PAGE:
Notaries Public (Virtual Conduct of Notarial Acts) Regulations 2020

04/23/2020

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CAYMAN ISLANDS – As a response to COVID-19, new Regulations allow for notarial acts within the Islands to be conducted remotely.

The Notaries Public (Virtual Conduct of Notarial Acts) Regulations, 2020 published on 17 April 2020,(the “Regulations”) acknowledge that Notary Publics in the Cayman Islands may use communication technology to satisfy the “appearing before” requirement in carrying out their notarial acts. The Regulations are particularly crucial as they strike the balance between maintaining physical distancing requirements and allowing for business to continue where notarisations are required, once the conditions set out in the Regulations are followed.

The conditions for use of communication technology are as follows:

  1. the remotely located individual who is appearing before the Cayman Islands Notary Public must be able to demonstrate that he or she is also physically situated in the Cayman Islands;
  2. the remotely located individual must send by fax, email or other electronic means a legible copy of the document to the Notary Public beforehand;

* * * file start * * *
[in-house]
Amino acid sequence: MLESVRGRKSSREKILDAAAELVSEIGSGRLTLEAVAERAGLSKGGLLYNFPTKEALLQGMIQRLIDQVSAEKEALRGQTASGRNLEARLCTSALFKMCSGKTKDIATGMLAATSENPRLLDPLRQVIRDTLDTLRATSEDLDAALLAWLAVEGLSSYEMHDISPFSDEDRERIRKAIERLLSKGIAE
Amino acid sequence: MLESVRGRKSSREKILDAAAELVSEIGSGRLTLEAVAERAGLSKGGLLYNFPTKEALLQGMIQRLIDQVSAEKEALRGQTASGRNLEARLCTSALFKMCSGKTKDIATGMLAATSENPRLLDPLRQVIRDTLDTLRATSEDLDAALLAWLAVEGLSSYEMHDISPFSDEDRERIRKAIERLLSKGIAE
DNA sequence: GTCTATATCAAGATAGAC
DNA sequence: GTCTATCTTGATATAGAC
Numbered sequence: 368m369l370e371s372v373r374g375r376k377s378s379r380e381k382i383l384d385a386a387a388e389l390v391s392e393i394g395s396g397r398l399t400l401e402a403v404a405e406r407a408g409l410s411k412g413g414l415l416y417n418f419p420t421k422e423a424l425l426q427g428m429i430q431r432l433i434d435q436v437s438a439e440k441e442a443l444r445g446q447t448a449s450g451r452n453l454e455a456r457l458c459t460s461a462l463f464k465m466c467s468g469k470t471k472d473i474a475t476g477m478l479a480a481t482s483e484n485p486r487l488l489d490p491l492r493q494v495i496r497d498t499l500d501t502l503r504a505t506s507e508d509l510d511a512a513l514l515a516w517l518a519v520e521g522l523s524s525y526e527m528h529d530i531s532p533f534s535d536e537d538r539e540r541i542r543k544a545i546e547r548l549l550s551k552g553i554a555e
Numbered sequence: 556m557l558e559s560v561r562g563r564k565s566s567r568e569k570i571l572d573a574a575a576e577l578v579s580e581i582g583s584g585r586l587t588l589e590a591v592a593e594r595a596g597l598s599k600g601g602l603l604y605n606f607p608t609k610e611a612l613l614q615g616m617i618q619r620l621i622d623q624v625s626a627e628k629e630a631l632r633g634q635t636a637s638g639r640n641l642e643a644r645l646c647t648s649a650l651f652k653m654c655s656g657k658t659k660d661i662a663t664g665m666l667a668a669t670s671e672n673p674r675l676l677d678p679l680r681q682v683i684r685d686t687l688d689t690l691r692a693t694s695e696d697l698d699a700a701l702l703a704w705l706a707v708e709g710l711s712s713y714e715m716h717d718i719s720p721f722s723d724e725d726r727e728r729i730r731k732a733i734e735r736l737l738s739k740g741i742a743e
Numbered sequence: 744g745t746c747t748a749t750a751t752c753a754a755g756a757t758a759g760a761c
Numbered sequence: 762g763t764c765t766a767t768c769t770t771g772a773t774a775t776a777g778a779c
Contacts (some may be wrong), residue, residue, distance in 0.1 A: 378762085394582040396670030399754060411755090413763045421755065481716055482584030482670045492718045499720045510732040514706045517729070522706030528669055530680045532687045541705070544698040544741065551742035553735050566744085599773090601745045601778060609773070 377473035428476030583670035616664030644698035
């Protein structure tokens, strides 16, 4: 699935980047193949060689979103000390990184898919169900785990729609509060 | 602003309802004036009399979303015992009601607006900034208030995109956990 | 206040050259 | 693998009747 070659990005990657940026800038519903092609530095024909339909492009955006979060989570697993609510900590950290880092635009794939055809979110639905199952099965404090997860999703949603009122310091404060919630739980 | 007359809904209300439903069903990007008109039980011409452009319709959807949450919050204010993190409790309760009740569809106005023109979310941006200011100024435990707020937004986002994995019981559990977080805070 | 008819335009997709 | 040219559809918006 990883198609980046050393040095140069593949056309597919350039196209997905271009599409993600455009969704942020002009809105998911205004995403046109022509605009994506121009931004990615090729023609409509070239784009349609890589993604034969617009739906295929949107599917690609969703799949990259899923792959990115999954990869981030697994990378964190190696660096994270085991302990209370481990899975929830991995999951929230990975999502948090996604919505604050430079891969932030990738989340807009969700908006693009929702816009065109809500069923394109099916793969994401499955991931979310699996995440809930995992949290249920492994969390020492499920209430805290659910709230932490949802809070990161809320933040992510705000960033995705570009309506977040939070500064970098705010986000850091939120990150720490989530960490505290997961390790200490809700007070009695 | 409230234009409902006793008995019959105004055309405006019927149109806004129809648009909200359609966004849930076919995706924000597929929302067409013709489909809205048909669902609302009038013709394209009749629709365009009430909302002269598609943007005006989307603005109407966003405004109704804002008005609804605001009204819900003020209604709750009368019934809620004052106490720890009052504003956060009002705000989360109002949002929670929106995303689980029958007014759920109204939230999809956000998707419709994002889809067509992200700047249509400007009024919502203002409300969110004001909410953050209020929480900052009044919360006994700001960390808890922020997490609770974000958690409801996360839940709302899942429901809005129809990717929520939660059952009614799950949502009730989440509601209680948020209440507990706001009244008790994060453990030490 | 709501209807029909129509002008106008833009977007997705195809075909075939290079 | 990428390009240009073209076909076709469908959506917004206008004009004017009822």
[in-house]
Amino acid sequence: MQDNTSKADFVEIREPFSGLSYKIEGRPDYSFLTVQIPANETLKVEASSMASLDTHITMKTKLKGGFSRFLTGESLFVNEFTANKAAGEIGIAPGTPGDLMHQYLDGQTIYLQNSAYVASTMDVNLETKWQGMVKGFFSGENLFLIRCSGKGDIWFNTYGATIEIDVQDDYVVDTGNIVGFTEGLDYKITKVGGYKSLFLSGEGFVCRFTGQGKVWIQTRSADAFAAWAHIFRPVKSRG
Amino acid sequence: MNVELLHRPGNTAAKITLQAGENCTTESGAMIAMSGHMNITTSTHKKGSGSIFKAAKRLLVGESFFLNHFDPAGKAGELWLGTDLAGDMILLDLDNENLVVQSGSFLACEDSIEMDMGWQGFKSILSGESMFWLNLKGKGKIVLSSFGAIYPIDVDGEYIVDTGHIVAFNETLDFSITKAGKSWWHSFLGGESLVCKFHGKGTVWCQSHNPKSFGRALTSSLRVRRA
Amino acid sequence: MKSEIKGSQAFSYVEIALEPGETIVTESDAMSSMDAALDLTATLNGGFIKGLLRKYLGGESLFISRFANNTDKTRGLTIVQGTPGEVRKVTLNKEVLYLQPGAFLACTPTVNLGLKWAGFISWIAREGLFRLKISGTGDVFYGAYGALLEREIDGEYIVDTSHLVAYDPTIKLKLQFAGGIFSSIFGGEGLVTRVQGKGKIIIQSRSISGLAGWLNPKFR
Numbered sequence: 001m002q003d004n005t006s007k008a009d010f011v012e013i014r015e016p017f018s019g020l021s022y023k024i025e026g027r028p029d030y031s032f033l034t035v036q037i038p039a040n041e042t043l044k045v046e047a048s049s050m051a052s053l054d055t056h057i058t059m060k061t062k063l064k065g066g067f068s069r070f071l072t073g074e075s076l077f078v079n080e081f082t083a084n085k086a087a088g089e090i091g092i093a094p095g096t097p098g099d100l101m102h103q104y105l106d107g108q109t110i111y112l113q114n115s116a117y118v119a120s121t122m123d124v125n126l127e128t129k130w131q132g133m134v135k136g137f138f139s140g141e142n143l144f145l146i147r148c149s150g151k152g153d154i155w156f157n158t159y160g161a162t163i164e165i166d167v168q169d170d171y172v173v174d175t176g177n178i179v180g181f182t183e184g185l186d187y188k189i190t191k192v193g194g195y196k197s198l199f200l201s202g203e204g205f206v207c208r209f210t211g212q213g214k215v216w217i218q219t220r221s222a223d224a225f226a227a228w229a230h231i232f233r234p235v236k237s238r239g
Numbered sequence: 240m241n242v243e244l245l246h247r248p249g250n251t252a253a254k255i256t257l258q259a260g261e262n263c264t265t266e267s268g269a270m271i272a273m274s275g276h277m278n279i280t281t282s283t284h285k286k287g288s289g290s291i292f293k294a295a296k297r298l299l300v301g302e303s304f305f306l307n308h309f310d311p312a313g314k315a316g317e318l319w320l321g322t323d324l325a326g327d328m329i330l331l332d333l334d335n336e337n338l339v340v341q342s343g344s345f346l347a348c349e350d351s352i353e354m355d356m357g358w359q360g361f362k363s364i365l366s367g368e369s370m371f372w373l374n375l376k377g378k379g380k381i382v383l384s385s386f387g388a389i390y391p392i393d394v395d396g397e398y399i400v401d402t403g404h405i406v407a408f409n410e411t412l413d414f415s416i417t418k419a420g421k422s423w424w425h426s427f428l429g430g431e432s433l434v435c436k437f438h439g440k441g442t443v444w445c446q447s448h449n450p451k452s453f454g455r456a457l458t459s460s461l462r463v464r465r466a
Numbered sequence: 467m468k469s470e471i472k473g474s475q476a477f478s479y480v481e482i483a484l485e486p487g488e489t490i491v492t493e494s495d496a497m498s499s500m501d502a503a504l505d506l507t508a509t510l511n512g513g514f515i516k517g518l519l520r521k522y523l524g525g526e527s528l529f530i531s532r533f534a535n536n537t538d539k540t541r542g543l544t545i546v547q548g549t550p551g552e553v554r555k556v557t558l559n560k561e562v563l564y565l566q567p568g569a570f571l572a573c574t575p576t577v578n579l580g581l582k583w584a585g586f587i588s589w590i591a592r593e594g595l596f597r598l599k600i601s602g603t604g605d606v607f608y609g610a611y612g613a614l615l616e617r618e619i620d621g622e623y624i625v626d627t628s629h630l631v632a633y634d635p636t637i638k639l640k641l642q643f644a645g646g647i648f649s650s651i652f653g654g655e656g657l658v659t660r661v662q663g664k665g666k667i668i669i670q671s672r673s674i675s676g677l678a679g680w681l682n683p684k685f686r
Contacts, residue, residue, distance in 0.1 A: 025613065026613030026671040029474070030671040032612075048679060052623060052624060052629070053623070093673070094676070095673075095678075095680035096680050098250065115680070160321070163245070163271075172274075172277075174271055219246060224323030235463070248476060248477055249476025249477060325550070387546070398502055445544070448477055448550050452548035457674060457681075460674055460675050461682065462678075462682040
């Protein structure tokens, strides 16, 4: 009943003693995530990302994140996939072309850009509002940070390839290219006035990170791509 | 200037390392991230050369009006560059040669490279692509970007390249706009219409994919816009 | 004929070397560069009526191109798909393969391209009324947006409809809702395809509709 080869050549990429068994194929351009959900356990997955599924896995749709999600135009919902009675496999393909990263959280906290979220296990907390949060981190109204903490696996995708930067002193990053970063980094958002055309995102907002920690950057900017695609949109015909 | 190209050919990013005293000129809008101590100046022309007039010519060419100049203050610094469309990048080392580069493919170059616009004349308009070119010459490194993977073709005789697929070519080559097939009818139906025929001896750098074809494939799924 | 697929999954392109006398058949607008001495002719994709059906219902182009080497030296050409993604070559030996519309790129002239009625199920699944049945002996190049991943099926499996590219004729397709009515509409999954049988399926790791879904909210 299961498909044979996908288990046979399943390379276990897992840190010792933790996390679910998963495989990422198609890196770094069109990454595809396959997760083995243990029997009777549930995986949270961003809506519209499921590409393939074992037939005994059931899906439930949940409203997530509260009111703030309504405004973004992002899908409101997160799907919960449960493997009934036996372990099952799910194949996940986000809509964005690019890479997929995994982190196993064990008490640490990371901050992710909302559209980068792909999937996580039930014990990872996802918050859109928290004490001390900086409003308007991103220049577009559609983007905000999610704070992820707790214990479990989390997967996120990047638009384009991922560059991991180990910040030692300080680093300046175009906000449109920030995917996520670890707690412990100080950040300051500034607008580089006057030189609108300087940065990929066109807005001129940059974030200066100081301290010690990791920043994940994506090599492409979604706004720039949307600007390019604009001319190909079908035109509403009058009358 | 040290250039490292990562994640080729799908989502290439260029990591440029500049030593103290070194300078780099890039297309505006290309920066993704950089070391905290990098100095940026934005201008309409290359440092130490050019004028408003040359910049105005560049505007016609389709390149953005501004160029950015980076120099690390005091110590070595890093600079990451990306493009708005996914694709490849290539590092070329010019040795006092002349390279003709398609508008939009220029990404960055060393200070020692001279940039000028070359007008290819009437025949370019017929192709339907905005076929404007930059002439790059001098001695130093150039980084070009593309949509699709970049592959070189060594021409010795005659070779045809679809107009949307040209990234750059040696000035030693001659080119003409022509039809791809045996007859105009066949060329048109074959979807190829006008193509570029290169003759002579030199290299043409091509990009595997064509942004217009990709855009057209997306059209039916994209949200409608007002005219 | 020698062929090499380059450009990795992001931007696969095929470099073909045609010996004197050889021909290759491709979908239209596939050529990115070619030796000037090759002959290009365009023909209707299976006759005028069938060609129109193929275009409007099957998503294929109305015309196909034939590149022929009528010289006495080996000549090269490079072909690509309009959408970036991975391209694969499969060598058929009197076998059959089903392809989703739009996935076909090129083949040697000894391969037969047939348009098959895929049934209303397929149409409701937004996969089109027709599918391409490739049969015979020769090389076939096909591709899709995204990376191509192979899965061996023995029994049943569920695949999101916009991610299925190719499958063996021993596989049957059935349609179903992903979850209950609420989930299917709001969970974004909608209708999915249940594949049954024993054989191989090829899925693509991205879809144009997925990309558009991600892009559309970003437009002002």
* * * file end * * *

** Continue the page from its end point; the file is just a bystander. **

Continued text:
3. once the Notary Public sees the remotely located individual sign the same document which has been previously sent to him or her, the Notary may then proceed to notarise the transmitted document (and return same by electronic
    means);
  4. the Notary Public must record the details of the notarial act in the usual Notarial Acts Book required under section 13 of the Notaries Public Law – but must also make a note that the notarial act was performed remotely in accordance with the
    Regulations; and
  5. if the remotely located individual is not personally known to the Notary Public, then the remotely located individual must present valid photo identification (like a passport or driver’s licence) to the Notary Public during the “real time” remote
    interaction.

Notary Publics are cautioned to be particularly vigilant and careful – and to refuse remote notarisation by way of communication technology where they are not satisfied that the notarial act, if performed, would comply with the Regulations. If the Notary subsequently becomes aware that the notarial act was not performed in compliance with the Regulations, they have three days of becoming so aware to notify the Clerk of the Grand Court (the “Clerk”) in writing and provide details of the non-compliance. Notaries who fail to notify the Clerk may be immediately suspended.

The Regulations will cease to have effect at the end of two years from the date that they came into force, or at such other time as the Cabinet of the Cayman Islands may appoint by Order.

For more information, contact Gina M. Berry – Country Managing Partner

The information contained in this article is provided for the general interest of our readers, but is not intended to constitute legal advice. Clients and the general public are encouraged to seek specific advice on matters of concern. This article can in no way serve as a substitute in such cases. Copyright ©2020 Higgs & Johnson. All rights reserved.

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